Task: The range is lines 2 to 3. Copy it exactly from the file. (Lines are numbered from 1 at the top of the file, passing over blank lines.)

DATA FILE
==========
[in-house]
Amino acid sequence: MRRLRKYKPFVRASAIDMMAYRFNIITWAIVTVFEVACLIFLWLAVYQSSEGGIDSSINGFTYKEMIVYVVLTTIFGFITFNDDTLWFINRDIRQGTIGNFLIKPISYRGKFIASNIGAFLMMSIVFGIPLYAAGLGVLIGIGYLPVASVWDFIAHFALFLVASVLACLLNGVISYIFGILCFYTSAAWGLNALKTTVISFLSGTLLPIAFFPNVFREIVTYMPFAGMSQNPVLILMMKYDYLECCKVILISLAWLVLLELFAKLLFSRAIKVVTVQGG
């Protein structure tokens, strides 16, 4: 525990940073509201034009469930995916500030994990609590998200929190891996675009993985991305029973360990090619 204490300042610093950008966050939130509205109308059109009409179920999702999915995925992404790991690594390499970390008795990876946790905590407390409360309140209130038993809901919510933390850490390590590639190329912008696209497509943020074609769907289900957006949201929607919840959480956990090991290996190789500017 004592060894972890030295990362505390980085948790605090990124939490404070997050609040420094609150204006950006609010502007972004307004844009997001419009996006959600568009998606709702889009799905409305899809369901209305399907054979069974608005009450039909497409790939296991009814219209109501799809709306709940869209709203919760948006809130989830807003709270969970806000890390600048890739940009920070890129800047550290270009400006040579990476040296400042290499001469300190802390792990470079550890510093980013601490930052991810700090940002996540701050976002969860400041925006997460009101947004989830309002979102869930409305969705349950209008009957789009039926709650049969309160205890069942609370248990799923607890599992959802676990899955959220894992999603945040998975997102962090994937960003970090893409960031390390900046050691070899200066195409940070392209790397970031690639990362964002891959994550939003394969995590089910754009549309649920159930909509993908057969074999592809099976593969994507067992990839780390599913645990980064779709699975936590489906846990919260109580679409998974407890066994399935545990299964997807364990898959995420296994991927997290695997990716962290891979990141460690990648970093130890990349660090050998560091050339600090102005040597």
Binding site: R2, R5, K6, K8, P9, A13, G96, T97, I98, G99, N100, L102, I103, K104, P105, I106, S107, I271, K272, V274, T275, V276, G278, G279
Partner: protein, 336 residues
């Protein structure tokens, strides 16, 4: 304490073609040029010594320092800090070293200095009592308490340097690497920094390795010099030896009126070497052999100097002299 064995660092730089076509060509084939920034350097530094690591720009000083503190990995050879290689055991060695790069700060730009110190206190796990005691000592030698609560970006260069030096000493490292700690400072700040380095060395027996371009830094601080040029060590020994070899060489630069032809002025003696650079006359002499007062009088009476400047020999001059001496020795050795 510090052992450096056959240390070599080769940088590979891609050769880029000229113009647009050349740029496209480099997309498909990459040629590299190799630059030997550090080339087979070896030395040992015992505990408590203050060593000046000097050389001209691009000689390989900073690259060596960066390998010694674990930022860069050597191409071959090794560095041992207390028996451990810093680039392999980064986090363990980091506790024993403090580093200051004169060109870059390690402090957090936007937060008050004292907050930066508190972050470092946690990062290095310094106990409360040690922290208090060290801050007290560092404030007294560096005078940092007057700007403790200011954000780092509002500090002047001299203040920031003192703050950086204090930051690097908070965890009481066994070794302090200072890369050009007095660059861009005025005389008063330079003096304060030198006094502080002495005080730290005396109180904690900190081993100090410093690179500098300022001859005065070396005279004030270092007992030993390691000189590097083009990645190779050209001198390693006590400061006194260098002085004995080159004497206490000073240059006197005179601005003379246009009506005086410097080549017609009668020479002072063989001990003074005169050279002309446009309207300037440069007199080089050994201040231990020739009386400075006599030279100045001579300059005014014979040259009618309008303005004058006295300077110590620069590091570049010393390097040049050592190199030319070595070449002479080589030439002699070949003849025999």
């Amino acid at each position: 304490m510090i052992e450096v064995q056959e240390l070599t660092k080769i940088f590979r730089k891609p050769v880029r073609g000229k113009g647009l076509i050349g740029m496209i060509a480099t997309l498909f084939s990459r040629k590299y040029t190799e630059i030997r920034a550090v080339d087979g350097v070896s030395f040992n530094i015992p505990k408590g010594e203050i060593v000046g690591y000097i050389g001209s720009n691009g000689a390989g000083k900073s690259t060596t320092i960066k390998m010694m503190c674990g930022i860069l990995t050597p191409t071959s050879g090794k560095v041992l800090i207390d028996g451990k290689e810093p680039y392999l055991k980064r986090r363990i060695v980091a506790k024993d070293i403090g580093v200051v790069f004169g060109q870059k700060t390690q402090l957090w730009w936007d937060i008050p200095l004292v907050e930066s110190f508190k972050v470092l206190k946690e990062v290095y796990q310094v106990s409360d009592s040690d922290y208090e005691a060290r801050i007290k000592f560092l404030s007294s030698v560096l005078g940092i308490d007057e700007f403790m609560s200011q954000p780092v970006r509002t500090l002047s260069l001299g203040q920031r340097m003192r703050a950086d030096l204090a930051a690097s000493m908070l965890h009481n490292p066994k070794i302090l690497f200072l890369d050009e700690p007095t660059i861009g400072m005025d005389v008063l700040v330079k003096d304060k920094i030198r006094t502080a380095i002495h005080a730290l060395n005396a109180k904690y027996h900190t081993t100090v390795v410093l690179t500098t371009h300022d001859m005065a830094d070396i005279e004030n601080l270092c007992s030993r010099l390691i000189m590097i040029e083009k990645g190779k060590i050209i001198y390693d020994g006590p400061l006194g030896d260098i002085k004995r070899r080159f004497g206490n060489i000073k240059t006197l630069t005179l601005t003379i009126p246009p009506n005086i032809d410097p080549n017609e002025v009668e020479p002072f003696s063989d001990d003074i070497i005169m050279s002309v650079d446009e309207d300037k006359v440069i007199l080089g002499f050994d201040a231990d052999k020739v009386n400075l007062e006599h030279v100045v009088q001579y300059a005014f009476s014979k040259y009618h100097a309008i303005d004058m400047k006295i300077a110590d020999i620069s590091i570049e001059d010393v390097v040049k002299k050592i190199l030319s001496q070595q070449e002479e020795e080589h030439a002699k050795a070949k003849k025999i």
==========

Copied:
Amino acid sequence: MRRLRKYKPFVRASAIDMMAYRFNIITWAIVTVFEVACLIFLWLAVYQSSEGGIDSSINGFTYKEMIVYVVLTTIFGFITFNDDTLWFINRDIRQGTIGNFLIKPISYRGKFIASNIGAFLMMSIVFGIPLYAAGLGVLIGIGYLPVASVWDFIAHFALFLVASVLACLLNGVISYIFGILCFYTSAAWGLNALKTTVISFLSGTLLPIAFFPNVFREIVTYMPFAGMSQNPVLILMMKYDYLECCKVILISLAWLVLLELFAKLLFSRAIKVVTVQGG
């Protein structure tokens, strides 16, 4: 525990940073509201034009469930995916500030994990609590998200929190891996675009993985991305029973360990090619 204490300042610093950008966050939130509205109308059109009409179920999702999915995925992404790991690594390499970390008795990876946790905590407390409360309140209130038993809901919510933390850490390590590639190329912008696209497509943020074609769907289900957006949201929607919840959480956990090991290996190789500017 004592060894972890030295990362505390980085948790605090990124939490404070997050609040420094609150204006950006609010502007972004307004844009997001419009996006959600568009998606709702889009799905409305899809369901209305399907054979069974608005009450039909497409790939296991009814219209109501799809709306709940869209709203919760948006809130989830807003709270969970806000890390600048890739940009920070890129800047550290270009400006040579990476040296400042290499001469300190802390792990470079550890510093980013601490930052991810700090940002996540701050976002969860400041925006997460009101947004989830309002979102869930409305969705349950209008009957789009039926709650049969309160205890069942609370248990799923607890599992959802676990899955959220894992999603945040998975997102962090994937960003970090893409960031390390900046050691070899200066195409940070392209790397970031690639990362964002891959994550939003394969995590089910754009549309649920159930909509993908057969074999592809099976593969994507067992990839780390599913645990980064779709699975936590489906846990919260109580679409998974407890066994399935545990299964997807364990898959995420296994991927997290695997990716962290891979990141460690990648970093130890990349660090050998560091050339600090102005040597």